Future studies in the area of health can be extremely beneficial to communities. Some areas that are currently being researched can possibly help with present-day issues (e.g., inoculation-based strategies for addiction intervention to assist sober individuals from relapsing). Other areas for future studies include, promoting healthy eating habits, exercising, breastfeeding and creating positive attitude towards mammograms (Ivanov, 2017). An area that has been underdeveloped is mental health awareness. With the number of young adults and teens committing suicide due to bullying this can be an area where inoculation messages could be effective. McGuire (1961) used a medical analogy to initially describe his theory. Unsurprisingly, inoculation strategies can be most effective when combined with health issues.
Inoculation theory research, as applied to advertising and marketing, are primarily focused on promoting healthy lifestyles with the help of a product or for a specific company's goal.
Shortly after McGuire published his development on inoculation theory, Szybillo and Heslin (1973) applied the concepts that McGuire used in the health industry to advertising and marketing campaigns. They sought to provide answers for advertisers marketing a controversial product or topic: if an advertiser knew the product or campaign would cause an attack, what would be the best advertising strategy? Would they want to refute the arguments or reaffirm their claims? (Szybill and Heslin, 1973)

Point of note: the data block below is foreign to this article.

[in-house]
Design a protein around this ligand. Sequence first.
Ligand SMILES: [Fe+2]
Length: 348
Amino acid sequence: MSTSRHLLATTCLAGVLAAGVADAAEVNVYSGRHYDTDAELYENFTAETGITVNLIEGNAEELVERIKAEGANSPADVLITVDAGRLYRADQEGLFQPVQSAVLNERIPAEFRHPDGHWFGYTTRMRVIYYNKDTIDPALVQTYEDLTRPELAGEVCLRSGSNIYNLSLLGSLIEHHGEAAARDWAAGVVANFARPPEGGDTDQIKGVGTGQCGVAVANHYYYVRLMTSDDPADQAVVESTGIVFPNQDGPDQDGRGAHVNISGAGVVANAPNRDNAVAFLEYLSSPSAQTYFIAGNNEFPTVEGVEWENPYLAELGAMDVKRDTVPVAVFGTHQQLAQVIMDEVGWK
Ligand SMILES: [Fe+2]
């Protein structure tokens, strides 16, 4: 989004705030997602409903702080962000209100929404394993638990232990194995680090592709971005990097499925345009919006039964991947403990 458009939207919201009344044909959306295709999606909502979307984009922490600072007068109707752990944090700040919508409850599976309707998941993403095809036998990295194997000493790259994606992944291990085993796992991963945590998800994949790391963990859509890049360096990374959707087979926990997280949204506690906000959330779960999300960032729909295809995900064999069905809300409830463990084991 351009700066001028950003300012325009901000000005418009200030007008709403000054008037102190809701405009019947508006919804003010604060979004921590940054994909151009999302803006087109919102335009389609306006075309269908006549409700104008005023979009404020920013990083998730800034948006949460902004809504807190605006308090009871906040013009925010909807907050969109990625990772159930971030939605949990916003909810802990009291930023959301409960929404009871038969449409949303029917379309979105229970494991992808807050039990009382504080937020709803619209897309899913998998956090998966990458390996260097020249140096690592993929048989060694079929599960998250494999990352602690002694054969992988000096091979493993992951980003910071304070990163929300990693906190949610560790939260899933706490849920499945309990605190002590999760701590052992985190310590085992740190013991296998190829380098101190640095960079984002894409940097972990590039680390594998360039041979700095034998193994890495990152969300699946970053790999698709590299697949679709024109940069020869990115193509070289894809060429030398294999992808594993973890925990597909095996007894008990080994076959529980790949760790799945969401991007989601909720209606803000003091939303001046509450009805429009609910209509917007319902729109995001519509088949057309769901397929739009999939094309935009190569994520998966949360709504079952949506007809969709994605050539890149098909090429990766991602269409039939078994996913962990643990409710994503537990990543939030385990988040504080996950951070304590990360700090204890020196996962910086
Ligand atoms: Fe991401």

Szybillo and Heslin (1973) sought to test five hypotheses: 1) to reaffirm or refute the arguments is better than not addressing, 2) refuting the same counterarguments will be more effective than supportive defense, 3) refutational defense is better than supportive defense, 4) over a long period, refutational defense is more effective than supportive defenses, and 5) high credibility sources are more effective than low credibility. The controversial topic in the study was: "Inflatable air bags should be installed as passive safety devices in all new cars."
Szybillo and Heslin (1973) tested four advertisement strategies: defense, refutational-same, refutational-different and supportive. They also manipulated the time of the counterargument attack. Some subjects received the attack message 30 minutes after and the other group three days later. The results confirmed the first hypothesis that a reaffirmation or refutation approach is better than not addressing the attack. The second hypothesis was also confirmed with the data that refuting the counterargument is more effective than supportive defense. The third hypothesis was confirmed as well, though the mean for refutational-different posttreatment was not much greater than for supportive posttreatment. In this study the time lapse was not significantly impactful nor was the credibility of the source. Thus, hypothesis four and five were not supported.